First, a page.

Self-esteem can rise up to 17% at the time of purchase
People addicted to shopping have alterations in mood, problems of self-esteem and high impulsivity.
Experts from Quirónsalud de Torrevieja and Valencia estimate that there is a 3% of the Spanish society with an average age of 40 years that suffers from a problem of impulse control which is called "shopping addiction" or "compulsion to buy". This disorder affects two thirds more women than men. According Miguel Sánchez, specialist in Psychology in the Hospital Quirónsalud Torrevieja, "the fact of consuming compulsively is just the tip of the iceberg of an emotional problem that is rooted in the depths of the psyche of those who suffer from it".
The self-esteem of a person can increase up to 17% at the time of acquiring certain consumer goods. Compulsive and unplanned purchases, of items that are not needed, for an amount that exceeds their economic possibilities, constitute, in broad strokes, the characteristics that define a shopping addict, a disorder that, in many cases, is not perceived as such.
What happens in our brain when we buy
When making a purchase activates what we know as a reward circuit, in which we feel good when we reach a goal. In this case, the goal is to buy something we like or think we need. "Dopamine, also called the pleasure hormone", explains Dr. Marina Sangonzalo, psychologist of Hospital Quirónsalud Valencia, "it's the hormone that activates all that reward circuit and makes us have that need. This in turn activates serotonin, which is the hormone responsible for making us feel happy. It's like saying to yourself "I can feel happy shopping."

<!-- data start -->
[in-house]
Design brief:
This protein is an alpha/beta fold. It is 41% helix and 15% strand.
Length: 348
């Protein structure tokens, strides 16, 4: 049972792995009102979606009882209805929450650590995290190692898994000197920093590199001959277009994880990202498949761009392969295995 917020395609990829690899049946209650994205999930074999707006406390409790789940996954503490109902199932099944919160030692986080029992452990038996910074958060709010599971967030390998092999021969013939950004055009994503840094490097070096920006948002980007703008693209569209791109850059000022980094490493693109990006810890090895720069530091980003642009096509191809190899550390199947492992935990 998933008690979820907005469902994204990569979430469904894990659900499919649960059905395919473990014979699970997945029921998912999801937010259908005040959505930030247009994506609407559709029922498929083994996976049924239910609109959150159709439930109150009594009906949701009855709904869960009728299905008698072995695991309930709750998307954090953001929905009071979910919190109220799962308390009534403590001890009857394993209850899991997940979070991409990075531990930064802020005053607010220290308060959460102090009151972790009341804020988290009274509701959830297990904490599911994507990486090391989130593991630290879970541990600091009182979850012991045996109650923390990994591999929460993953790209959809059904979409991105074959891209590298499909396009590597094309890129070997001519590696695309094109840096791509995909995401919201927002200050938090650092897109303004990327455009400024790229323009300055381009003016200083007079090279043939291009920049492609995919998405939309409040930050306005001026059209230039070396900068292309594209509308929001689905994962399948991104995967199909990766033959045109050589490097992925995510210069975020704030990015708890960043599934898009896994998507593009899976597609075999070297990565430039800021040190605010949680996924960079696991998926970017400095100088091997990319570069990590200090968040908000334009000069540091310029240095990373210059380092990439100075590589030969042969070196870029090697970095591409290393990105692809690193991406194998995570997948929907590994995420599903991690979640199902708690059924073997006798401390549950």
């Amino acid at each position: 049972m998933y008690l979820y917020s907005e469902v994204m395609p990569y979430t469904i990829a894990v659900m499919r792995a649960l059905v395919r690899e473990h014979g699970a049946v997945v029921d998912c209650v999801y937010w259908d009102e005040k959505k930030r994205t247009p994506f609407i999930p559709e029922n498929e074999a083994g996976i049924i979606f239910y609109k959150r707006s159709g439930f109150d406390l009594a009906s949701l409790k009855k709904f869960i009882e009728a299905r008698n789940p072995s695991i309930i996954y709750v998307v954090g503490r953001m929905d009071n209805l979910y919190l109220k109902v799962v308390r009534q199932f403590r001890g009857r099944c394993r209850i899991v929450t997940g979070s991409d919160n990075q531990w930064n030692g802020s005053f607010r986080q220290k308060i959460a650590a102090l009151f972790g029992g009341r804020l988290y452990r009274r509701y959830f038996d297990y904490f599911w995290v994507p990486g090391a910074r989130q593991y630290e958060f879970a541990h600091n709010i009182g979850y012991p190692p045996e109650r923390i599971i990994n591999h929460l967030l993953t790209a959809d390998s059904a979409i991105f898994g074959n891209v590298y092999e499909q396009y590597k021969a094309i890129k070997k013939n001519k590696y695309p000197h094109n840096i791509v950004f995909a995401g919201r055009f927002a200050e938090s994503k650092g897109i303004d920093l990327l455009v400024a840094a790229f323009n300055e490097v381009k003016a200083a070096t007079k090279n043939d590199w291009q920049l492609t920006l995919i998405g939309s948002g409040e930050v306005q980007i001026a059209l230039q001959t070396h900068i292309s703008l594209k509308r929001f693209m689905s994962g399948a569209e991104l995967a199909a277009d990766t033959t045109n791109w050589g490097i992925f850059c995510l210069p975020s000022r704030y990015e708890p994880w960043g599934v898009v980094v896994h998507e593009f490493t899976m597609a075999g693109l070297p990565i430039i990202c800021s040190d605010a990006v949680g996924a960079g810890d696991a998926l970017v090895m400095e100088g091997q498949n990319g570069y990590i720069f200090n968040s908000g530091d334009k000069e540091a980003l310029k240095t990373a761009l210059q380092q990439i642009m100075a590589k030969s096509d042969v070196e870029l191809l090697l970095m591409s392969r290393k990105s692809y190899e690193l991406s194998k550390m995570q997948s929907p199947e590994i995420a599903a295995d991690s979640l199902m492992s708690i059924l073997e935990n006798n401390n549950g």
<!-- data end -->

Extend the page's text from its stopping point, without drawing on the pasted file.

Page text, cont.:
The difference between a person who is addicted to purchases from a person who is not basically resides in the quick activation of that reward circuit, since they may be depressed or lack self-esteem and tend to be tempted more easily. "This psychological disorder is called onychomania and is often common in people with mood alterations and high impulsivity," says Dr. Sangonzalo.
During the period of sales such as Black Friday and Christmas shopping, the consequences of shopping addiction are more clearly emphasized and exposed, when the anxiety of the patient increases, who tries to palliate it with impulses. "Want and need are two terms that people with compulsive buying behaviors tend to confuse," adds Dr. Sánchez.
How to prevent addiction
First, you should ask for help to the immediate environment and go to the right professionals, because "it is essential that the person becomes aware of the serious problem that can hardly leave by itself," advise the specialists. Psychotherapy and the assessment by the psychiatrist to treat or rule out other associated mental disorders will be essential if you want to guarantee a successful prognosis without relapses. This will be the only way to close a chapter that the individual who suffers from addiction lives with shame and anguish.